UPDATE 2 Bucharest Tribunal issued three preventive arrest mandates in the case of ovules traffic. Sabyc clinic owner Harry Mironescu, his son Yair Miron, medical resident, and Cecilia Borzea - responsible for the relationship with the clients - are the tree to momentarily face jail.
Tens of persons are currently heard by the DIICOT prosecutors in a case regarding traffic with ovules. Sabyc clinic doctors, employees and clients have been called by the Investigation Directorate for Organised Crime and Terrorism Offences (Direcţia de Investigare a Infracţiunilor de Criminalitate Organizată şi Terorism) to explain their actions. It's been ten years now since the clinic fertilises in vitro, without the authorisation of the National Agency for Transplant. Three persons have been detained and 30 more are currently investigated.
UPDATE 2 The decision is not final and can be challenged through appeal. DIICOT prosecutors accuse the three for creating an organised crime group and of setting up human cells traffic to obtain material gain.
According to a DIICOT report, Harry Mironescu set up an organised crime group, acting as gynaecologist and "de facto" head of a clinic in Bucharest. He was supported by his son, Yair Miron, the sole associate of the private clinic, and by his connections with medics in Israel, specialists in assisted reproduction. L. Natan, Z. Genia and other persons have been accused.
Cecilia Borzea was taking care of housing the doctors and the clinics' clients and was responsible for finding young girls willing to undergo treatment and sell their ovocytes. When the Romanian authorities got to the clinic, they found 30 persons ready for the in vitro fertilisation procedures.
UPDATE Israeli Foreign Affairs minister is trying to obtain the release of the three persons detained by DIICOT prosecutors, Romanian TV channel Realitatea TV informs.
Over 60 persons have been heard on Sunday evening, June 19, including donors to have sold ovocytes. The clinic from Ion Mihalache Boulevard in Bucharest has seen searches, which led to documents and computers being retained for investigations, alongside over 130,000 euros. Beside the three detention ordinances, the prosecutors banned two persons from leaving the country.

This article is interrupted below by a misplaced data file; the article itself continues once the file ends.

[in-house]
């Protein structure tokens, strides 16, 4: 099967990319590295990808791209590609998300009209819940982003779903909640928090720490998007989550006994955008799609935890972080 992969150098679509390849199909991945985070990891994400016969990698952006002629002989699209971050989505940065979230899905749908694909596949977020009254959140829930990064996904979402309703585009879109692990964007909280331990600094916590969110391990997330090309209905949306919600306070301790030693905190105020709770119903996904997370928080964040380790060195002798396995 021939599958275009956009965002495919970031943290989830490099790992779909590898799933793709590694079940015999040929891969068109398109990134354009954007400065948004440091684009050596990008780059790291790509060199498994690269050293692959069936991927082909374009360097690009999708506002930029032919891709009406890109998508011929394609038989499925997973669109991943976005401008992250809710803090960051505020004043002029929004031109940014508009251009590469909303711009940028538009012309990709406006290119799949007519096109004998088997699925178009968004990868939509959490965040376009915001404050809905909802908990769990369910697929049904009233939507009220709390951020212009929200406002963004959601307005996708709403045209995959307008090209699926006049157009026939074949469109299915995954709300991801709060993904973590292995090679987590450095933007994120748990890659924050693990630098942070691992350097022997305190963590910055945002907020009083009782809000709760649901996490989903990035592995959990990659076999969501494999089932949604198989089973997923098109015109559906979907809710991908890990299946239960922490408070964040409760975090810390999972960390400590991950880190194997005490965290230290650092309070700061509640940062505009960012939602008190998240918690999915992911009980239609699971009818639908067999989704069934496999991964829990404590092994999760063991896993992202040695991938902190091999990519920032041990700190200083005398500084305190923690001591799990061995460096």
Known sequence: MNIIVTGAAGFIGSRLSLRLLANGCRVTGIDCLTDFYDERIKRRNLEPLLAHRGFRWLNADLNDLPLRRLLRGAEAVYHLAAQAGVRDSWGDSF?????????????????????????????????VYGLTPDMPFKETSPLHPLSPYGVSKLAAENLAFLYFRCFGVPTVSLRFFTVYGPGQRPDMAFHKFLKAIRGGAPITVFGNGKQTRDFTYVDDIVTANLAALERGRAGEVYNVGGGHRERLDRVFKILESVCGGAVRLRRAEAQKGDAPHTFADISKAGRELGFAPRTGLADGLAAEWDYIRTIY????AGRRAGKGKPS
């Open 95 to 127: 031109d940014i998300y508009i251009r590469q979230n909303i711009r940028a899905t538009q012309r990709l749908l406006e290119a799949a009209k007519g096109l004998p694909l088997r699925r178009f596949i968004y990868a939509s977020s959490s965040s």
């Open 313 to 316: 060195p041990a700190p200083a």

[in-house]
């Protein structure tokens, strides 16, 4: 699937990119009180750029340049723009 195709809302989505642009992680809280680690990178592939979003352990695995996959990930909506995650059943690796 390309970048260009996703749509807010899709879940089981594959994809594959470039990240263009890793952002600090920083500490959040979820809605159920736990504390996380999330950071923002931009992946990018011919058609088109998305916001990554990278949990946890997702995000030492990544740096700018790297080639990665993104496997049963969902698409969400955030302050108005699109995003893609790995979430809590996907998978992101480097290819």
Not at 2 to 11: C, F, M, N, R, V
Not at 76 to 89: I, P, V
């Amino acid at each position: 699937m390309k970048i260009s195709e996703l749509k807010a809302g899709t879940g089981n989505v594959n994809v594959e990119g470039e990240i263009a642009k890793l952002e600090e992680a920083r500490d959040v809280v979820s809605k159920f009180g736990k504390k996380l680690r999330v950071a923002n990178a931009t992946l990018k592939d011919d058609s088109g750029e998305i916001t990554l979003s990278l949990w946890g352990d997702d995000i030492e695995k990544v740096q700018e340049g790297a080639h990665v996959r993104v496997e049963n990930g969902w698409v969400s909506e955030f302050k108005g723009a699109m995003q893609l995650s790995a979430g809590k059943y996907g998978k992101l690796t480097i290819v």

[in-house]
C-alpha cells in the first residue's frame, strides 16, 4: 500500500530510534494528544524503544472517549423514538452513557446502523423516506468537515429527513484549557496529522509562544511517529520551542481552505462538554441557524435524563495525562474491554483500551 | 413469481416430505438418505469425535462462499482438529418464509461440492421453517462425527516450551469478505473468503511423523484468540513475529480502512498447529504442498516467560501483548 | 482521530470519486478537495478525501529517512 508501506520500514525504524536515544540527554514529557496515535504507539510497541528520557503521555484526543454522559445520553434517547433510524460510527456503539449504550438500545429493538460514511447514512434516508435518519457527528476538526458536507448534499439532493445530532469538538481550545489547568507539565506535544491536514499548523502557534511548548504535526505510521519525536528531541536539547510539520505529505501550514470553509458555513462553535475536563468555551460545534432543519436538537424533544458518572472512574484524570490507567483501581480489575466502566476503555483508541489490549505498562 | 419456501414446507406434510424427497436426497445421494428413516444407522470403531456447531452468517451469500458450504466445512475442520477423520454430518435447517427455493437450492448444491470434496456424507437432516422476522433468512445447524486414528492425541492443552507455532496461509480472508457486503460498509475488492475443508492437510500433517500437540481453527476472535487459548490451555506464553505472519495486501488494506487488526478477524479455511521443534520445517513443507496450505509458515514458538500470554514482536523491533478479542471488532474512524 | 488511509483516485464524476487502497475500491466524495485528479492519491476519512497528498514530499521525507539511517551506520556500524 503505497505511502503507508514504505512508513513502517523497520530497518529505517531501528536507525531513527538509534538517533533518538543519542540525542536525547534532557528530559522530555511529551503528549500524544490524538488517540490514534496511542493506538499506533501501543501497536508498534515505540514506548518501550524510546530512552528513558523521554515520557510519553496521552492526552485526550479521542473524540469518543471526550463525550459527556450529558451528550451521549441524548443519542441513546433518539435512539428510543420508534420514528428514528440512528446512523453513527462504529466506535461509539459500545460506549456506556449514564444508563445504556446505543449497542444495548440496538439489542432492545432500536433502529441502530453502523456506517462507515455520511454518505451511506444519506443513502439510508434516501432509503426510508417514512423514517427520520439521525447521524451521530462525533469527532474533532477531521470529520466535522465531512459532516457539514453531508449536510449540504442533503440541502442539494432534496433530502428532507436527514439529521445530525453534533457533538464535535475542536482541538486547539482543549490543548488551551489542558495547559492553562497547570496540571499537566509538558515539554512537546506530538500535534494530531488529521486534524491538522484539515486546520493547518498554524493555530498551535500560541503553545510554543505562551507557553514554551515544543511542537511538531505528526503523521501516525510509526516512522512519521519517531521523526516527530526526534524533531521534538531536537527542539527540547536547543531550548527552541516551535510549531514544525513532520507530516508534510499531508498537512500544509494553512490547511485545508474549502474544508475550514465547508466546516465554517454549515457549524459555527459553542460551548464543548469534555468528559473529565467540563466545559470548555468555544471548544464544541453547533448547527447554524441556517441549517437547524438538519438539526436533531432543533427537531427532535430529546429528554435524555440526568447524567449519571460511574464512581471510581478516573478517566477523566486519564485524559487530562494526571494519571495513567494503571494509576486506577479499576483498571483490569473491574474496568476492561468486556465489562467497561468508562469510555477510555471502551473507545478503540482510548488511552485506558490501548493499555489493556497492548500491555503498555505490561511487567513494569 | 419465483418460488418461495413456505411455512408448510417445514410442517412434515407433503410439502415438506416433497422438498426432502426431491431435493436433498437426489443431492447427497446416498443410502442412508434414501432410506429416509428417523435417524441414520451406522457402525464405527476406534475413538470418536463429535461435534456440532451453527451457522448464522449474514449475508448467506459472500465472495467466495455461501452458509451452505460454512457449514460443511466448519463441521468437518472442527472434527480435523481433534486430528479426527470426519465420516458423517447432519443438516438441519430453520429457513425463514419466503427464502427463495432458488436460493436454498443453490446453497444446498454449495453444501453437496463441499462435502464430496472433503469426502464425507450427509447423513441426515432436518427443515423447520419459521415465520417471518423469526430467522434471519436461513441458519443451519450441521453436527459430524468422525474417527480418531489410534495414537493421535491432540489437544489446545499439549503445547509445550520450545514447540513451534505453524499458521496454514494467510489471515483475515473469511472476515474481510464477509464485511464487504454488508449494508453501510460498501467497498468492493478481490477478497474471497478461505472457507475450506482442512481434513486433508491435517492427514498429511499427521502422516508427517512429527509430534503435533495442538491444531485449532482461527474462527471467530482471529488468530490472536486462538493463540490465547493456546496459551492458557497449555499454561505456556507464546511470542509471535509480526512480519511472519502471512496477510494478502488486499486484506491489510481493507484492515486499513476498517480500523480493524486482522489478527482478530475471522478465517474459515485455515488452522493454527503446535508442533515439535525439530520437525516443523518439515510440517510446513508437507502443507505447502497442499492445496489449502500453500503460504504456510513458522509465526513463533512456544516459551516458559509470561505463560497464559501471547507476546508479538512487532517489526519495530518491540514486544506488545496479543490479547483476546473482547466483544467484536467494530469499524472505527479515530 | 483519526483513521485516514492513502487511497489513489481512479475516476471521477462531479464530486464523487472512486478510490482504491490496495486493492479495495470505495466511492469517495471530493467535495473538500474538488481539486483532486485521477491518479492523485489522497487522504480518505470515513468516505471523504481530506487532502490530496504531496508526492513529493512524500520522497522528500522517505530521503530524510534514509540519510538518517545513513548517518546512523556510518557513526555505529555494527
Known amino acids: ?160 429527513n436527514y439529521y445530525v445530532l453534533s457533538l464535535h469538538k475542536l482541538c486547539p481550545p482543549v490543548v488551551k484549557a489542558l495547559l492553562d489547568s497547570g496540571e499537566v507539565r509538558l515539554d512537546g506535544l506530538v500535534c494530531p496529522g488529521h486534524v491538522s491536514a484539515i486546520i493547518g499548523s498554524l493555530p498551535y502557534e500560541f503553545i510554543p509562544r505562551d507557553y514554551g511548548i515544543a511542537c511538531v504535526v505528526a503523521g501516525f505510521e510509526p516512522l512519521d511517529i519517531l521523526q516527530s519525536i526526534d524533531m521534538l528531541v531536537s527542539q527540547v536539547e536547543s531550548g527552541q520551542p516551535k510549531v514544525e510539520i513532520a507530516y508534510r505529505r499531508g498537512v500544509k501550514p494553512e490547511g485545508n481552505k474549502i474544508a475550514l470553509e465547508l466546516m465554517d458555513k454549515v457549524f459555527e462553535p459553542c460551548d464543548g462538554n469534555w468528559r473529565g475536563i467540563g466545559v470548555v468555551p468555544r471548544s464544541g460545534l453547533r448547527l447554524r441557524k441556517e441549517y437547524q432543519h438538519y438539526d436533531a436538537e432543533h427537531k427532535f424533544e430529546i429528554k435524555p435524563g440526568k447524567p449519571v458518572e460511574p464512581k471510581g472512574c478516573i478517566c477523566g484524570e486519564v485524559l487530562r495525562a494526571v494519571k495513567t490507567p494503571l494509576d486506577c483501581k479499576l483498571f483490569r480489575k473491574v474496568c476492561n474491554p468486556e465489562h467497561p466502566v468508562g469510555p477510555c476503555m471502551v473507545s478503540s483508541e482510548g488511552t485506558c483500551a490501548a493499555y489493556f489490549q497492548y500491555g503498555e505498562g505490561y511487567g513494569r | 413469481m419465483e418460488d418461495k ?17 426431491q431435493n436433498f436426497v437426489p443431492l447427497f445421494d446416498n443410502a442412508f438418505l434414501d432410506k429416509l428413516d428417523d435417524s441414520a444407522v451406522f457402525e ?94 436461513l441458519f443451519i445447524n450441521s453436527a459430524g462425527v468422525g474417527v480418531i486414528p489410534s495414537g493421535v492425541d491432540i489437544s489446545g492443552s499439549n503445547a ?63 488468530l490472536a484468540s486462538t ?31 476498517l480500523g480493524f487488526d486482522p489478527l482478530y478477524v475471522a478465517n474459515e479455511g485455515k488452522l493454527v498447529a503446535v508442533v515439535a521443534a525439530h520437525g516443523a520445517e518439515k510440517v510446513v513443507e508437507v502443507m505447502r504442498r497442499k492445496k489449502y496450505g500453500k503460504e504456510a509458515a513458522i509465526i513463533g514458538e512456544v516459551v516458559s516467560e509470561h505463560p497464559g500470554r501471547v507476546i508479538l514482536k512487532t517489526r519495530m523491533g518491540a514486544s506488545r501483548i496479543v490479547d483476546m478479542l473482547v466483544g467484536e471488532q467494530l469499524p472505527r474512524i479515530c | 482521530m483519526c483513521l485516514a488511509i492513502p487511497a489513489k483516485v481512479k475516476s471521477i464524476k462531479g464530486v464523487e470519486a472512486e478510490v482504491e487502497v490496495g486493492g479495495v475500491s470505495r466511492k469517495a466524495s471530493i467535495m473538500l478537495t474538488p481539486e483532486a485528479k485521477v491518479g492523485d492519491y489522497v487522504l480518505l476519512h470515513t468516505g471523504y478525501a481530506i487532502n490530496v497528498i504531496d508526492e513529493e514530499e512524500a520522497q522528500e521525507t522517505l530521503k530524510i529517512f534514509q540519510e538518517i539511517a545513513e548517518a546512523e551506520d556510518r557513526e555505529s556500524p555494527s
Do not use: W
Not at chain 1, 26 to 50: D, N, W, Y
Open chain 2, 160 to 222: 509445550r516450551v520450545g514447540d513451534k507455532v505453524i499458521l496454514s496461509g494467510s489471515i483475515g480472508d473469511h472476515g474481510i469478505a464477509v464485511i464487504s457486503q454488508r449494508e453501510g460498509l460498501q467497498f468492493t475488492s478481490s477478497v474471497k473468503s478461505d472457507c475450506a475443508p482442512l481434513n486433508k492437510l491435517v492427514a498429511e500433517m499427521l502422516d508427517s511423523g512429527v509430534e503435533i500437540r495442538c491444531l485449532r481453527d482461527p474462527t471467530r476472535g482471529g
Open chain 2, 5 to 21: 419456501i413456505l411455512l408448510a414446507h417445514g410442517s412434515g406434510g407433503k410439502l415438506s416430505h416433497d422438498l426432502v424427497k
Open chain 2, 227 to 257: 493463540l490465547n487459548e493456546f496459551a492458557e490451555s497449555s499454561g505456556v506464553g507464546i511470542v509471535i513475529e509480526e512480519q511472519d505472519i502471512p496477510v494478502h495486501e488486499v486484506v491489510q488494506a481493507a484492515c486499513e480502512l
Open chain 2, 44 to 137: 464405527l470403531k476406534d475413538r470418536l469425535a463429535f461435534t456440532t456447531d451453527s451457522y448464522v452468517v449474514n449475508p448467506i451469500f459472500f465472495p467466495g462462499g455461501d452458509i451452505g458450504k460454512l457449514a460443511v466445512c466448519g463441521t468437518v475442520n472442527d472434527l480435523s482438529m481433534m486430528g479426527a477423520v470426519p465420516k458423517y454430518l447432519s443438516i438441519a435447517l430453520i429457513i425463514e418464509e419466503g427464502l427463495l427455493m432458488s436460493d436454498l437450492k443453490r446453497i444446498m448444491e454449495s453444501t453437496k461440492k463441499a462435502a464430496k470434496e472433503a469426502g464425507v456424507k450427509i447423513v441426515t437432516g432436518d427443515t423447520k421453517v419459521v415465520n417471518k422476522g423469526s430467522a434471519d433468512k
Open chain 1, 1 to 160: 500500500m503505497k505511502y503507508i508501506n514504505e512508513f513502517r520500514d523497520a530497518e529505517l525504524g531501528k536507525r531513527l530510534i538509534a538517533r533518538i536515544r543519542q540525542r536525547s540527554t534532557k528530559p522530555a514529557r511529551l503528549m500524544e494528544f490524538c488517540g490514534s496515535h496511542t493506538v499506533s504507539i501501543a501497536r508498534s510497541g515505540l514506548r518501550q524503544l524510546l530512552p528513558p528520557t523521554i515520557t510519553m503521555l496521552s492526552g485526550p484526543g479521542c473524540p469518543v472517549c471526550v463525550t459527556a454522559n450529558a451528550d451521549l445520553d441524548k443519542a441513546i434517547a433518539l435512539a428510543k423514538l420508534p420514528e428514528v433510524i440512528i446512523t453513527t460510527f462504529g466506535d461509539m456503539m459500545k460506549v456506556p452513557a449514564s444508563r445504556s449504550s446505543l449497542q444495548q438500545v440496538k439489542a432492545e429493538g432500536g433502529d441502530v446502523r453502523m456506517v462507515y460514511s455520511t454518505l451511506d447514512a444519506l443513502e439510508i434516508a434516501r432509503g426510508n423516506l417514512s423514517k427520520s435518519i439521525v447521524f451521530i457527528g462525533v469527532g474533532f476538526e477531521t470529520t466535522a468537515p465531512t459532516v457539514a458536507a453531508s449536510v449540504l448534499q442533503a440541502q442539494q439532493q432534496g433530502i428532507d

Couples from abroad, who could not have children, were brought to Romania for vitro insemination. The cost: 10-15,000 euros. Foreign couples would make available extra consistent sums of money that paid for young Romanian women, aged between 18 and 30, for ovules collection.
National Agency for Transplant representatives told Romanian TV channel Realitatea TV reporters that, according to the authority's head, Victor Zota, the clinic has only held authorisations for a week. Romanian Minister of Health could not confirm if the clinic was accredited or not for vitro.
Victor Zota said there has been a law breeching: according to the legislation, any cell transplant is not to be paid for. Despite this, he said that the clinic was well equipped and had foreign specialists. Most of them are aware of the law.
The clinic has been founded by a family of Israeli physicians in 1999. Officially, it performed around 2,000 artificial inseminations so far. The investigations are currently undergoing.